I. All round David’s house the messengers of Saul prowled like the wild dogs of an Eastern city.—He could hear their muttered curses as he lay quiet, like a young lion in its lair when hunters are abroad. They belched out with their mouths; the words on their lips were like swords. Then, as was his wont, he fell back upon God. Notice the R.V. Psa_59:9. ‘O my Strength! I will wait upon Thee,’ which is repeated Psa_59:17. There is a difference, however, between the verses: in the first, he professes his intention to wait; in the second, to sing.
II. Twice over God is described as being the source of that peculiar special mercy which David appropriates as his own—‘the God of my mercy.’—Your mercy would not suffice for me, nor mine for you. Our needs are unique. The medicine that heals my disease would not touch yours. The conception of God which ministers comfort to my heart, would be as unintelligible to you as the gnat’s shrill trumpet to your ear. Each has his own gift from God. In another psalm we are told that goodness and mercy follow; here we learn that mercy prevents, that is, goes before. As the courier precedes the sovereign, so does mercy prepare our way, strewing it with the soft garment, and cutting down branches from the palm-trees, preceding and following with songs of ‘Hosanna in the Highest.’ O happy soul, in the heart of such a procession! Mercy before, behind, around, and over thee; thou mayest well sing aloud of God’s mercy, as the morning breaks, and the enemies who had environed the house of life slink unsatisfied away.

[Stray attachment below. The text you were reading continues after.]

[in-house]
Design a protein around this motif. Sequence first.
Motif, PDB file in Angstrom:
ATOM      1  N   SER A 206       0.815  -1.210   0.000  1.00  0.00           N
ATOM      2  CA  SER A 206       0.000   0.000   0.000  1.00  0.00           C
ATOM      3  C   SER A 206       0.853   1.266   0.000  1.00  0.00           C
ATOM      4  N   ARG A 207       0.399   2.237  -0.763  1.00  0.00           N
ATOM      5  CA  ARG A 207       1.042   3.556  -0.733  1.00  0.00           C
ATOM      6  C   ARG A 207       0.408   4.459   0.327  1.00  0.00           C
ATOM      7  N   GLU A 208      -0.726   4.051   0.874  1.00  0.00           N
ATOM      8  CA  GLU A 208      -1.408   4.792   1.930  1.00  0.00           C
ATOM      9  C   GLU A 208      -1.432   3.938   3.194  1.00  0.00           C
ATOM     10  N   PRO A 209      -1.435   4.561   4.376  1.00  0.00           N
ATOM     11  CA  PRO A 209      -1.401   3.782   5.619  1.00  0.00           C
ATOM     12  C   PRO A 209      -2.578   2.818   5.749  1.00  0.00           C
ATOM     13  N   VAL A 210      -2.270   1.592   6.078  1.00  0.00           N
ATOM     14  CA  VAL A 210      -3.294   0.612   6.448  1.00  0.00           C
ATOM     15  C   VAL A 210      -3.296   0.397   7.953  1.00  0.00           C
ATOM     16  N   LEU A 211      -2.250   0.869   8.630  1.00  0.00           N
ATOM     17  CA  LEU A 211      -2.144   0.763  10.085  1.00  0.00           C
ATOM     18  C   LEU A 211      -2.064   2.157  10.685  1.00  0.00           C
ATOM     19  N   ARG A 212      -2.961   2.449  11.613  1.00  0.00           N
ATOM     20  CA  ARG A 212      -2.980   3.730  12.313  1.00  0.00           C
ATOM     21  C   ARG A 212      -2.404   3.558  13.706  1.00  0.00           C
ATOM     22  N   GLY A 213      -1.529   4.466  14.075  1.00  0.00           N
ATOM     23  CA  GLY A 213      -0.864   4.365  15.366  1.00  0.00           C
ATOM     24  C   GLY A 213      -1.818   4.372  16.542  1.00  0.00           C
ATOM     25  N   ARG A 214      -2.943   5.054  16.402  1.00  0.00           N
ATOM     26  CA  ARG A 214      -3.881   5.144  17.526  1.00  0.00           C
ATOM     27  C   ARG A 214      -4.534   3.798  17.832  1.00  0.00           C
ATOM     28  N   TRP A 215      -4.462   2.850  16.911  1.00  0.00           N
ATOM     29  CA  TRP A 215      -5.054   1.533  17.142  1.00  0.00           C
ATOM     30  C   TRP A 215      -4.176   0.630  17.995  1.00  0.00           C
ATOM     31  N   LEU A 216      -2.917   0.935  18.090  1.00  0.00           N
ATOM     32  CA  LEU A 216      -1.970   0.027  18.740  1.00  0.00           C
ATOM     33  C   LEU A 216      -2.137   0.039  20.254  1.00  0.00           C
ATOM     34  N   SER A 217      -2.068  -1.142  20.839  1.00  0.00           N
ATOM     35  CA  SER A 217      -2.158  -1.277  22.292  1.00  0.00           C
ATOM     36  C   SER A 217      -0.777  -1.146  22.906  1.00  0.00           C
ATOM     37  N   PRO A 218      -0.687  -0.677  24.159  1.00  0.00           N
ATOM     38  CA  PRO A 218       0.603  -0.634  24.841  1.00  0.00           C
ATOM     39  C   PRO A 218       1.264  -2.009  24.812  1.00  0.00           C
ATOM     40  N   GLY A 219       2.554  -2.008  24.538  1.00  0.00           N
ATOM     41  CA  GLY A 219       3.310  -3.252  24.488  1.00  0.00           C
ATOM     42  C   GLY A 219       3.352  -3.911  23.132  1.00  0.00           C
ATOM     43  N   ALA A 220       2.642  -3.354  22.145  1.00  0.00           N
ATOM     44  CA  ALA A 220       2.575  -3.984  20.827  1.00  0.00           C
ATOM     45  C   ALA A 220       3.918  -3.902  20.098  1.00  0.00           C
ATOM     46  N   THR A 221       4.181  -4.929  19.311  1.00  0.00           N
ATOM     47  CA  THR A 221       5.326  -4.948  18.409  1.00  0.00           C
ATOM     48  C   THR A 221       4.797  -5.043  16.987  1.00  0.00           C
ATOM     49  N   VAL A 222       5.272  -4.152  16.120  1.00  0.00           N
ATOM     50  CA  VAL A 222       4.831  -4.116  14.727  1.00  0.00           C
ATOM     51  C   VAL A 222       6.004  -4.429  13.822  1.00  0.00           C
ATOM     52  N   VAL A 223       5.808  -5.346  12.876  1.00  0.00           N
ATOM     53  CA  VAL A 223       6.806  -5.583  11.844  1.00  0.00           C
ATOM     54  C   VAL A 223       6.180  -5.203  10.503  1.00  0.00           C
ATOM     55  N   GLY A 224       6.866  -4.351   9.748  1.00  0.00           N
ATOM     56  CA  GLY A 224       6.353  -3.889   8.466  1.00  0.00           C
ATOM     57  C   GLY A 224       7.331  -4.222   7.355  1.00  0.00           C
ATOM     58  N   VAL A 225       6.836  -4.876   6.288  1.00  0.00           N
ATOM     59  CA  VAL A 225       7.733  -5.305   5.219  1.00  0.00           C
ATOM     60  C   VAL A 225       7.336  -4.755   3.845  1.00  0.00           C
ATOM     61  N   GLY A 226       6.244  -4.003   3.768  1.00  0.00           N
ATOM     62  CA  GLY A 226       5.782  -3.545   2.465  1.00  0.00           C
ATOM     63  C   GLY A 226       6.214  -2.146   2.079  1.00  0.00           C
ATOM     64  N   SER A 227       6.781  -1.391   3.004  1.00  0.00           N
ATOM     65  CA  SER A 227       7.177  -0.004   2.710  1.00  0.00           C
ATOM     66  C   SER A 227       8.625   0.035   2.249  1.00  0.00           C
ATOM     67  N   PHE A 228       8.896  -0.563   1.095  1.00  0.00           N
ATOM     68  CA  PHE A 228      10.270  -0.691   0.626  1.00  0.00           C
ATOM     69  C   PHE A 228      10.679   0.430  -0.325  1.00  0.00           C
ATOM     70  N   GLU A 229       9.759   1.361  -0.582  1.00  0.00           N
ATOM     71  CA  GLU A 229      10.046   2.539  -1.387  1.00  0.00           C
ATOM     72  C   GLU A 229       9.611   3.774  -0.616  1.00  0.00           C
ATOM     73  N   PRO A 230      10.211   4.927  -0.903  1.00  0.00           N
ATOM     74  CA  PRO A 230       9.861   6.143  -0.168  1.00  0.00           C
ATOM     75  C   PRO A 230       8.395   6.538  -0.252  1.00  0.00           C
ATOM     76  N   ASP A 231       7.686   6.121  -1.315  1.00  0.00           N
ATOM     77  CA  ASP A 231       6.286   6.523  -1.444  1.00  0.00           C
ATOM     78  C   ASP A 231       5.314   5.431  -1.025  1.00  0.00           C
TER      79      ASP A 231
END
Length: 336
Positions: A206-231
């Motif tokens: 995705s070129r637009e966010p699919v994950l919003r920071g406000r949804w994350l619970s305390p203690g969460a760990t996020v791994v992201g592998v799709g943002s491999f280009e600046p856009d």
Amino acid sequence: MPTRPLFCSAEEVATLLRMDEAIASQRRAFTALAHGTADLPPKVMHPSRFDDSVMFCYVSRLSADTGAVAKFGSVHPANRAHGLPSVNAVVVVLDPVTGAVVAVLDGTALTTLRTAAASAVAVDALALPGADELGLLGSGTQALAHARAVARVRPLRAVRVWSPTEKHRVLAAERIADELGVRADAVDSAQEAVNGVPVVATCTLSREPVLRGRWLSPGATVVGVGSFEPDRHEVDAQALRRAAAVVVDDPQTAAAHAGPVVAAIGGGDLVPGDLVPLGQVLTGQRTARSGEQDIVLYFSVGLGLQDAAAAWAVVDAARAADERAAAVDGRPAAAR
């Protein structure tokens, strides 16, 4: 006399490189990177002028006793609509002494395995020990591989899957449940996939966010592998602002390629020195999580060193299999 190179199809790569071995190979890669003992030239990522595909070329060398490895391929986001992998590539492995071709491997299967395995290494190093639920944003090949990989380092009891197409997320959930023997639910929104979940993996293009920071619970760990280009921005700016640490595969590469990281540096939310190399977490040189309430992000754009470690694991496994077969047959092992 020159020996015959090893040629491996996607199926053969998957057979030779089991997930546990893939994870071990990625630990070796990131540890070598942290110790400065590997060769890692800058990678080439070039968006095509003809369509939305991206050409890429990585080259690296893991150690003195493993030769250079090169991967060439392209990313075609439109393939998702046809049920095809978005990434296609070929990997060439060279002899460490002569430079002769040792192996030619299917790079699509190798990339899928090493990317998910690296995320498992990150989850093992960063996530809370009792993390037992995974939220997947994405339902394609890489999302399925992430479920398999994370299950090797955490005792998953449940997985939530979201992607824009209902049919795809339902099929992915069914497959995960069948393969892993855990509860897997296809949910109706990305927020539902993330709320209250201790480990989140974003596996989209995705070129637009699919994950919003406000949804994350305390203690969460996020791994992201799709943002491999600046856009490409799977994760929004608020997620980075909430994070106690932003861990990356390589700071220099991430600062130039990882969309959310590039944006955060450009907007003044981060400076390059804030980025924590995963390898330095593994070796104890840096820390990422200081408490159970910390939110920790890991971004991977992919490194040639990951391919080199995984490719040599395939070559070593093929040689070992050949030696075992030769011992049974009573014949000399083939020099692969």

(1) ‘The fifth of the Golden Psalms. Compare the title with that of 57 and 58 Delitzsch says, “We believe that it is most advisable to adhere to the title.” The contents of this psalm correspond to the title, and carry us naturally to 1Sa_19:11.
It consists of four parts, of which the first and third are very similar, and the second and fourth. Compare 1Sa_19:1-5 with 1Sa_19:11-13, also 1Sa_19:6-10 with 1Sa_19:14-17.’
(2) ‘The fifty-sixth, fifty-seventh, and fifty-ninth psalms are pervaded by constructions, turns of expression and images, which indicate David’s authorship. There is in them a royal nobility of confidence in God which elevates even the mystic subtlety of Jewish commentators to magnificence.’